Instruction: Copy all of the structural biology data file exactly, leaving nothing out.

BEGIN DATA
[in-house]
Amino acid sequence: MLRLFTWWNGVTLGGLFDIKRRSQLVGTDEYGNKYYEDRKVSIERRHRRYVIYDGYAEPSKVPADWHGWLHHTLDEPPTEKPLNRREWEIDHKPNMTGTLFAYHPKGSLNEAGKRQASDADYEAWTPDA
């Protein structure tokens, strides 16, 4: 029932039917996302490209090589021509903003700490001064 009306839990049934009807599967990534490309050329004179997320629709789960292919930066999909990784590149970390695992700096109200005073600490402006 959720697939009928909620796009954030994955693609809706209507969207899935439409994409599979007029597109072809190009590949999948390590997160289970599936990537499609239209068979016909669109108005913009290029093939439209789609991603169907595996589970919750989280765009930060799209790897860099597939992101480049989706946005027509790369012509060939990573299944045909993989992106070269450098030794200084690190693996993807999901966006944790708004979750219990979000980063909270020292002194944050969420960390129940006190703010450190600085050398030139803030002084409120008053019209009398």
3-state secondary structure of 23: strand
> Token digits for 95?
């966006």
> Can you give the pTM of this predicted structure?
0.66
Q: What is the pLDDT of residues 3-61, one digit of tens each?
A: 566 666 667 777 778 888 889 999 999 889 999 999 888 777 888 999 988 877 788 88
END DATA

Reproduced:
[in-house]
Amino acid sequence: MLRLFTWWNGVTLGGLFDIKRRSQLVGTDEYGNKYYEDRKVSIERRHRRYVIYDGYAEPSKVPADWHGWLHHTLDEPPTEKPLNRREWEIDHKPNMTGTLFAYHPKGSLNEAGKRQASDADYEAWTPDA
């Protein structure tokens, strides 16, 4: 029932039917996302490209090589021509903003700490001064 009306839990049934009807599967990534490309050329004179997320629709789960292919930066999909990784590149970390695992700096109200005073600490402006 959720697939009928909620796009954030994955693609809706209507969207899935439409994409599979007029597109072809190009590949999948390590997160289970599936990537499609239209068979016909669109108005913009290029093939439209789609991603169907595996589970919750989280765009930060799209790897860099597939992101480049989706946005027509790369012509060939990573299944045909993989992106070269450098030794200084690190693996993807999901966006944790708004979750219990979000980063909270020292002194944050969420960390129940006190703010450190600085050398030139803030002084409120008053019209009398």
3-state secondary structure of 23: strand
> Token digits for 95?
């966006």
> Can you give the pTM of this predicted structure?
0.66
Q: What is the pLDDT of residues 3-61, one digit of tens each?
A: 566 666 667 777 778 888 889 999 999 889 999 999 888 777 888 999 988 877 788 88